The holidays can be a stressful and challenging time when traveling or welcoming guests into your home, especially if you have a big family and large circle of friends. Even more so, when planning your holiday meals. Not everyone is going to eat the same foods or have the same preferences. And, some are on a completely different dietary plan.
So, what do you do?
Here are a couple of ideas you can start with:
- Turn your holiday dinner into a potluck. This works great for medium to large families and/or friends. You can request each individual or each family bring their preferred dish. This way everyone brings something they enjoy to the table. Just be sure to break down the category of meals people bring by appetizers, entrée’s, and desserts for example, so that there is a variety of food for each course. It’s the perfect solution for holiday dinner success!
- Note your guest’s dinner preferences. This works fine for a family of 4 or less and even then, your guests can still bring a dish of choice. Once you know what dietary preferences or restrictions your guests have, you can start gathering up recipes and get your dinner plan underway!
Whatever the family size, there is always a way to appease everyone’s desires and it really doesn’t have to be that complicated. The holidays should not be a stressful time, they are intended to be shared with family and friends in good cheer, love, and laughter. Turn them into wonderful memories you will want to look back on and share in future holiday gatherings to come.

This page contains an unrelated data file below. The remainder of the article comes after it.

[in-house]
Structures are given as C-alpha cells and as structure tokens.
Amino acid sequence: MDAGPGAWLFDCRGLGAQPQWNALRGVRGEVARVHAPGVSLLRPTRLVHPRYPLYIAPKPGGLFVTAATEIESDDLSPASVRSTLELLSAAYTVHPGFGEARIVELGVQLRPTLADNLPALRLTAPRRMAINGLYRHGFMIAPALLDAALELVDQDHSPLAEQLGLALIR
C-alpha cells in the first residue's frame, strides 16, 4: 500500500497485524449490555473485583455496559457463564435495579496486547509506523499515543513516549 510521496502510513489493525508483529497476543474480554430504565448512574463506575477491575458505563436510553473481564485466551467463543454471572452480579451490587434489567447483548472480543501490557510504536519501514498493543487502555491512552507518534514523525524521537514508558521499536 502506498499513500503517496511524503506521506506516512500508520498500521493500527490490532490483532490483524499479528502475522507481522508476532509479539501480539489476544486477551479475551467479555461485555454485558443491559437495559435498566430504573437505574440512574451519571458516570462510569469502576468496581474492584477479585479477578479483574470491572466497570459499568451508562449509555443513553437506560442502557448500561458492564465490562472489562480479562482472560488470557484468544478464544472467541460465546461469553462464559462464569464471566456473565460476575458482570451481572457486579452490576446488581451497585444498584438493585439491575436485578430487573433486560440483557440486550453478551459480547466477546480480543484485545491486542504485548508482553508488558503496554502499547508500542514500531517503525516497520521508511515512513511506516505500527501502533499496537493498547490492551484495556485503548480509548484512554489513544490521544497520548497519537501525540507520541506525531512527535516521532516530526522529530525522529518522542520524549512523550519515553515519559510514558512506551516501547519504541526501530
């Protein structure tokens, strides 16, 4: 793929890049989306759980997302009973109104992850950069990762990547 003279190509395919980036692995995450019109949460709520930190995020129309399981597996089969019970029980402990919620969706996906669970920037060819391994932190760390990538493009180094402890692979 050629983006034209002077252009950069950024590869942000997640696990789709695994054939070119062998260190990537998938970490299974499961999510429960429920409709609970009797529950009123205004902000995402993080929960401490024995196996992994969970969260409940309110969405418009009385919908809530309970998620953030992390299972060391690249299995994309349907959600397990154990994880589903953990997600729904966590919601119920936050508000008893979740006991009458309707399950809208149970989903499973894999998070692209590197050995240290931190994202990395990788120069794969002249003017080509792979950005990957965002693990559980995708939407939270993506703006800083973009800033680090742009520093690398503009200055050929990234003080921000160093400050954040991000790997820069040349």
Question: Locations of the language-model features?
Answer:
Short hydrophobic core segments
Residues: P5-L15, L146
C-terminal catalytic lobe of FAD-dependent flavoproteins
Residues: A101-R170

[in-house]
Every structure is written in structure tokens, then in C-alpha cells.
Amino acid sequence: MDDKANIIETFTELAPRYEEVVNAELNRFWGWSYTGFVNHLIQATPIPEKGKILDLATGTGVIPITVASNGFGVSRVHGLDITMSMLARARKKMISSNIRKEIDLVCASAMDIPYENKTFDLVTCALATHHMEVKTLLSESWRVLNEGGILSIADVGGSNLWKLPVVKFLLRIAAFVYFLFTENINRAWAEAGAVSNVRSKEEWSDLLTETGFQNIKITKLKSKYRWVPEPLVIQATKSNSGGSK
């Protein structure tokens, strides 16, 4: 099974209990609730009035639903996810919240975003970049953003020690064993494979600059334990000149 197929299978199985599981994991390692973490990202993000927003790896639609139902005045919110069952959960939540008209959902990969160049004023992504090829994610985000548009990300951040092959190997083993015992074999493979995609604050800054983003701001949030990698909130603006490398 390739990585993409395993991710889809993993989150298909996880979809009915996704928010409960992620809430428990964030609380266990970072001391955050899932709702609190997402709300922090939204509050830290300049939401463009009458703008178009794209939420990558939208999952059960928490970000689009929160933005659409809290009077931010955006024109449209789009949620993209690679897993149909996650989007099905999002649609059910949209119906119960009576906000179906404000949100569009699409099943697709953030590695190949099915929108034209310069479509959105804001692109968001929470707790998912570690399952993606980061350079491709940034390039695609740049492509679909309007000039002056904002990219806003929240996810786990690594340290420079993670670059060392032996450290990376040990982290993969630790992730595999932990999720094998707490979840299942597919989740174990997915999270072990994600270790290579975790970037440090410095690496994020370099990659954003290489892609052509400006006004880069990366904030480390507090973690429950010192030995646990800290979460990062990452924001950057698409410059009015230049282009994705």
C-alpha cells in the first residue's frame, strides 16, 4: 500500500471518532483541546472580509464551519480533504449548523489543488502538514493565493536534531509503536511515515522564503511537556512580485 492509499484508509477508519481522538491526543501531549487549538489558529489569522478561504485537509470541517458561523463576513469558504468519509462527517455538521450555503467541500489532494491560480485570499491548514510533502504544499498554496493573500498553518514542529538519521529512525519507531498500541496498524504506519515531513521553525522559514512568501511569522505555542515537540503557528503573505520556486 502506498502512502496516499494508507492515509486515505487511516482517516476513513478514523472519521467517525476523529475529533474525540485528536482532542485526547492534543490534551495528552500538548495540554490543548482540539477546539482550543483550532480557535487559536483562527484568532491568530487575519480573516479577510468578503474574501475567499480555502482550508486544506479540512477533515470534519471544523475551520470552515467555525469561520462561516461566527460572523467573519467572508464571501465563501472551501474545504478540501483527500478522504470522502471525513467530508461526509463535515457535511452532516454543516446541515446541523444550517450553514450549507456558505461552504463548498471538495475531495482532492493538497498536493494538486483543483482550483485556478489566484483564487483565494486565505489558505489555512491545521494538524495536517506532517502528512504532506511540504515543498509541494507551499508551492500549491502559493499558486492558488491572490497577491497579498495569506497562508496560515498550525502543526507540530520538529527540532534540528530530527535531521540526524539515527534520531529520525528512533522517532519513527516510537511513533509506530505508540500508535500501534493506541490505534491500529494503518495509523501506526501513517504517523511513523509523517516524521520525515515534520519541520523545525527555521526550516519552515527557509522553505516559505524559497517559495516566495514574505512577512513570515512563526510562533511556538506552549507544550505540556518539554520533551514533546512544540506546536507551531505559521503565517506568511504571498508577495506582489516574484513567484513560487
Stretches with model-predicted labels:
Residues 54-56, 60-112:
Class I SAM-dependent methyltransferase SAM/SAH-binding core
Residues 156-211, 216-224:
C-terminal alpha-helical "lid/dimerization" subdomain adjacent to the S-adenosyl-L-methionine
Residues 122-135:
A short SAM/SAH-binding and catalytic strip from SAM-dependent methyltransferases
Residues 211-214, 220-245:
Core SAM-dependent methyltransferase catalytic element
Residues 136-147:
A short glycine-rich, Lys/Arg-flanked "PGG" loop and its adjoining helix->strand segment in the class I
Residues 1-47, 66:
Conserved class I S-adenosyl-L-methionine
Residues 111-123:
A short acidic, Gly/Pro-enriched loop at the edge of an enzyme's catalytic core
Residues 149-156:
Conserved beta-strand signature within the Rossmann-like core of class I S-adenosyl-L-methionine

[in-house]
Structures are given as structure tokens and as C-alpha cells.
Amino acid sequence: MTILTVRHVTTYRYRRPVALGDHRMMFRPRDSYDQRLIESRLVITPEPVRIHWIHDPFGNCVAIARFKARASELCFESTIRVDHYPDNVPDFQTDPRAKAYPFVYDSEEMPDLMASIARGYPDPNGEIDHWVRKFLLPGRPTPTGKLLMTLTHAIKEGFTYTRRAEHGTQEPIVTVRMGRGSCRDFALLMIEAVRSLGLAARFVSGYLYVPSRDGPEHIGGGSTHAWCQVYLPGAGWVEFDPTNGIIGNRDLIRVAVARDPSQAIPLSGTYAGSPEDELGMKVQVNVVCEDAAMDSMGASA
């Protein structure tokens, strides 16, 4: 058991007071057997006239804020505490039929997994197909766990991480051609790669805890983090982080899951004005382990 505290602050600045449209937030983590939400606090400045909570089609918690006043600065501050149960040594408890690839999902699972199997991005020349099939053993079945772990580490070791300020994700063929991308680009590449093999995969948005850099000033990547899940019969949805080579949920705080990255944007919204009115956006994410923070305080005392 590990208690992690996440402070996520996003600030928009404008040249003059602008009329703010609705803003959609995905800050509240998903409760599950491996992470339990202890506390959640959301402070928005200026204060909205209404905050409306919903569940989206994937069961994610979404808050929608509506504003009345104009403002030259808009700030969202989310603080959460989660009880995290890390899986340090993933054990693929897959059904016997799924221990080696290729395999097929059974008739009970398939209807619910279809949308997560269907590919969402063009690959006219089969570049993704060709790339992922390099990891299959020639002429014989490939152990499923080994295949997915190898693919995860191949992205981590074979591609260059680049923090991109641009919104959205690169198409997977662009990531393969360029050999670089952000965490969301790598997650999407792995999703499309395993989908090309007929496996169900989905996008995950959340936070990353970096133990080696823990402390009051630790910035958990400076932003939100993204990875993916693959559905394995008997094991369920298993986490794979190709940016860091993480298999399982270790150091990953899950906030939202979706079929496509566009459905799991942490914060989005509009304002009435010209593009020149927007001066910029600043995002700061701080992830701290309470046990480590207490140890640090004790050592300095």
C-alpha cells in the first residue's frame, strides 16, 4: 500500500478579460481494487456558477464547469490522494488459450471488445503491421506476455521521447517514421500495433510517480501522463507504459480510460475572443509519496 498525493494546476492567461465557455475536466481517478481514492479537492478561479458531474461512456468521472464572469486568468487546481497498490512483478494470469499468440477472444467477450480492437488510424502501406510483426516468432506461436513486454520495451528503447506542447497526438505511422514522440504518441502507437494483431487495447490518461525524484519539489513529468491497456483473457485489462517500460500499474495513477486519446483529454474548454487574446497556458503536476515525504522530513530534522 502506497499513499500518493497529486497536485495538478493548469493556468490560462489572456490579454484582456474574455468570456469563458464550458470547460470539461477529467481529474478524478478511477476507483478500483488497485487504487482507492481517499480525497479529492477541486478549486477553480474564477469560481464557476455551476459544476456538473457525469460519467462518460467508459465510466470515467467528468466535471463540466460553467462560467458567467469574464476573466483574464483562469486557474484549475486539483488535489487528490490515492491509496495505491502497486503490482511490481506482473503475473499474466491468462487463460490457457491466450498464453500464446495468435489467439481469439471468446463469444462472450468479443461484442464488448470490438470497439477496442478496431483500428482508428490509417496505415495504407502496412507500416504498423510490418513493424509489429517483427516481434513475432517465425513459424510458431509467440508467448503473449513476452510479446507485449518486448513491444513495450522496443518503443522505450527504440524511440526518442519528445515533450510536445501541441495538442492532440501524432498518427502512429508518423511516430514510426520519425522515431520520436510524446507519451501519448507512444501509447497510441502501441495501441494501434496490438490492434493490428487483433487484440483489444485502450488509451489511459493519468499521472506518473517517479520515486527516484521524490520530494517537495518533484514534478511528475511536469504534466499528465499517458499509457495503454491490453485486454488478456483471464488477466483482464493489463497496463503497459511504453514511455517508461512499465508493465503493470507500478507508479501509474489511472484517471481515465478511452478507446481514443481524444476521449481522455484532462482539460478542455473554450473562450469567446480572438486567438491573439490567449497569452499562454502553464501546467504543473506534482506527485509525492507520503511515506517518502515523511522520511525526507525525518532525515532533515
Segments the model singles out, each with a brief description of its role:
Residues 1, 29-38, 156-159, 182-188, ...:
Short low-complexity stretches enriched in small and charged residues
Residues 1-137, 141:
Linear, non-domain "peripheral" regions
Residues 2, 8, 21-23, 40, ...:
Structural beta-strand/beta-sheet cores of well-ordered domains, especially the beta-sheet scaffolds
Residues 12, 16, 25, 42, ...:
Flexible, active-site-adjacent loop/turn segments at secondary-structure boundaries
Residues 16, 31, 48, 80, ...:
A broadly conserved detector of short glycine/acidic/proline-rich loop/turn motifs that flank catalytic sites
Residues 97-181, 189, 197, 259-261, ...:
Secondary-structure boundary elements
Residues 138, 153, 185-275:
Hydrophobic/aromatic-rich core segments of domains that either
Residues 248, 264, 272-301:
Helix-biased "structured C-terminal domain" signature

How do I do it being raw vegan?
As a raw, plant-based food eater, it can be challenging with those around me. Especially with the most important person in my life, my daughter, Melissa.
I’m raw vegan and she’s vegetarian with 80-85% raw. Not too bad, but we make it work. Cheese is her greatest weakness as was mine at one point and I’m not going to lie, it can sometimes be tempting as I was once a HUGE pizza lover. I used to be able to eat a whole pie all by myself! But, I have broken the chain of addiction I had to cheese and feel proud to say that I no longer crave it. However, Melissa still loves cheese and eggs on occasion. Two of which she isn’t willing to give up, at least not for now. The good thing is, it’s not all the time.
How Together We Make Our Holiday Meals (or any meal) Successful
The key is to compromise. I don’t mean compromise your values or dietary preferences, but together make it work for all parties involved by meeting each other in the middle. What I mean by that is, we add cooked food into the mix.
Although my daughter is 80-85% raw, she still eats cooked food. She will also still use some ingredients I no longer use, like sour cream; but will opt for vegan butter versus non-vegan butter. These are just some examples.
I recently spent a week in New York visiting her for Thanksgiving, and what started out being a raw vegan, vegetarian, and two meat eaters turned out to be a vegan-vegetarian party of two. My parents both got sick and couldn’t make the flight so I ended flying solo.